NASHVILLE,Tennessee"The significant discovery of the
1980s was that chemoradiotherapy is better than radiation alone for treating
locally advanced non-small-cell lung cancer," stated Hak Choy, MD.
"In the 1990s we learned that concurrent chemoradiotherapy is better than
a sequential schedule. Our task now is to discover which drug regimen is
best." Dr. Choy is professor and vice-chair of the Vanderbilt University
Medical Center in Nashville, Tennessee.
Dr. Choy reviewed data on irinotecan-based chemoradiotherapy,
mostly from studies done in Japan. "The main toxicities were pulmonary
toxicity and esophagitis, and response rates were over 60%, with an encouraging
2-year survival of nearly 55%," he said. This work was extended in three
US-based phase I trials.
Dr. Choy discussed his own group’s phase I pilot study of a
6-week regimen of irinotecan (Camptosar)/carboplatin (Paraplatin), and
radiation for medically and/or surgically inoperable non-small-cell lung
cancer. This dose-finding trial was coordinated through Vanderbilt University
Medical Center and conducted through the Vanderbilt Cancer Center Affiliate
There was little hematologic toxicity, according to Dr. Choy.
The maximum tolerated dose was 40 mg/m²/wk of irinotecan with carboplatin at
AUC (area under the curve) 2. Dose-limiting toxicities were esophagitis,
nausea, and vomiting. Responses were observed in 15 of the 26 patients on this
Modest Survival Benefit
According to Dr. Choy, "Combined-modality therapy
provides a modest survival benefit, increasing median survival from 11 to 15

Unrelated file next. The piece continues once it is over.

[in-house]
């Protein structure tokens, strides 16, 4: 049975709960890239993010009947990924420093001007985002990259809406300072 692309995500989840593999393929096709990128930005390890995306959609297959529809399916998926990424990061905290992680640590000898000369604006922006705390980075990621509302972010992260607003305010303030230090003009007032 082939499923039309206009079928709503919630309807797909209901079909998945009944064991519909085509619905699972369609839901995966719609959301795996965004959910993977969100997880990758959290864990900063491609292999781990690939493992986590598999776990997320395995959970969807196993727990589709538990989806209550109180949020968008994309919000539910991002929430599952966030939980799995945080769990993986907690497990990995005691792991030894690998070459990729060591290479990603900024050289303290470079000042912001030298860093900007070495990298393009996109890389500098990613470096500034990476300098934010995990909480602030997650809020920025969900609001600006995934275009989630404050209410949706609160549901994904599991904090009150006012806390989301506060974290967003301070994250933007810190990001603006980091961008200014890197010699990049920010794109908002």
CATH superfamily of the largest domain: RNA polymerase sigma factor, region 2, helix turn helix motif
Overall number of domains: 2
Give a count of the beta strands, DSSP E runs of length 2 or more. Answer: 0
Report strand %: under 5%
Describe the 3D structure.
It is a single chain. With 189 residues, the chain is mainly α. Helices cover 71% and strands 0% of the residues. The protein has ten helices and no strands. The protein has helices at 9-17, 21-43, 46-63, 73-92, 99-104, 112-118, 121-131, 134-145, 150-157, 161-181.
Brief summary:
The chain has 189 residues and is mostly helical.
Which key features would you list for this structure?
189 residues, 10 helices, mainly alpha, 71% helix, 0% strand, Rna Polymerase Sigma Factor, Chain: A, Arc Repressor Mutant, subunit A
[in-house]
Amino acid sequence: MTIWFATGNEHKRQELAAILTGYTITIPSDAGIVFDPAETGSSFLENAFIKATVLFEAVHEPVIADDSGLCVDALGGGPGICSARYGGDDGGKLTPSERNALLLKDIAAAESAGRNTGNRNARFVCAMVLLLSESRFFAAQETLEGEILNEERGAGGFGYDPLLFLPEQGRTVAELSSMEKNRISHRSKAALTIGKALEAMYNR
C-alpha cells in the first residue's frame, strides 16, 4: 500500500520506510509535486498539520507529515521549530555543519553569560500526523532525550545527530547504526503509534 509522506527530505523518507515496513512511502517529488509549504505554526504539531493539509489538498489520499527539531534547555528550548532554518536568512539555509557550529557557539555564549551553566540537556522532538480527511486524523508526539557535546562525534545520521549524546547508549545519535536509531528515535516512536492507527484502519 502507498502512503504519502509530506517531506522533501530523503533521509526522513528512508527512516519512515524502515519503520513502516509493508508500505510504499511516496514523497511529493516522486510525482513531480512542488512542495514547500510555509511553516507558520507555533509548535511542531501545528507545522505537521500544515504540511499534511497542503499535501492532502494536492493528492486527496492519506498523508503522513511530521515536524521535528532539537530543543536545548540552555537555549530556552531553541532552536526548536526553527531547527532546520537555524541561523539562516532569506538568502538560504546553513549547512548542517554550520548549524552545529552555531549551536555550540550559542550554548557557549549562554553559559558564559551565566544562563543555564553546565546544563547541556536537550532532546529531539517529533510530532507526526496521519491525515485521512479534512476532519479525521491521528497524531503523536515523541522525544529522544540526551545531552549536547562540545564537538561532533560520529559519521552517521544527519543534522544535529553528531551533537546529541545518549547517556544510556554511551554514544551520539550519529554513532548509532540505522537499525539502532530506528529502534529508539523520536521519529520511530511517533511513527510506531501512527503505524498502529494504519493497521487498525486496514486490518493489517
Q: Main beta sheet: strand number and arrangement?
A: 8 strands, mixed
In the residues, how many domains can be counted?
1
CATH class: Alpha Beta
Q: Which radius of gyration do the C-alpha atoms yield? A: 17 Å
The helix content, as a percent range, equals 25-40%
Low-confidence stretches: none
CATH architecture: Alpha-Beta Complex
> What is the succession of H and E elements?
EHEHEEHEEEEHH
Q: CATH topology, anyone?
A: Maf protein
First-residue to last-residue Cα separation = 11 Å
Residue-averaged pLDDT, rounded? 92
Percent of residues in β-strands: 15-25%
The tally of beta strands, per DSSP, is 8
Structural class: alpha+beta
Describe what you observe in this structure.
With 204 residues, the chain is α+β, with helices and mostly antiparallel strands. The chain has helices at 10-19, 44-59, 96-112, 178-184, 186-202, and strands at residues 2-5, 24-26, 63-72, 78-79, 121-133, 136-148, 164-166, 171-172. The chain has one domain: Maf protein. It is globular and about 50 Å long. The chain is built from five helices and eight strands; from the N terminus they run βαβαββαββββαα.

months and 2-year survival from about 20% to about 30%. New drugs are likely to
further increase survival a few more months, raising median survival to 18
months and 2-year survival to 40%. New agents, in addition to irinotecan,
currently under investigation include paclitaxel (Taxol), docetaxel (Taxotere),
vinorelbine (Navelbine), and gemcitabine (Gemzar). Since combined-modality
regimens tend to add toxicity, more studies are needed."
Future studies are expected to combine chemoradiation with
molecular targeted agents. These include cyclooxygenase-2 (COX-2) inhibitors,
tyrosine kinase inhibitors, endothelial growth factor receptor inhibitors, and
"Seventy percent to 90% of lung cancers overexpress COX-2,
and this expression is linked to poor prognosis," Dr. Choy said.
"There is little expression of COX-2 in normal tissues, and preclinical
studies show that radiotherapy plus a COX-2 inhibitor can greatly increase
apoptosis in COX-2-expressing tumor cells. In lung cancer and colon cancer cell
lines, this delays tumor growth."
This finding has been carried forward in a phase II study of
concurrent chemoradiotherapy plus celecoxib (Celebrex). Dr. Choy showed
impressive images of lung cancer shrinkage in the first patient treated on this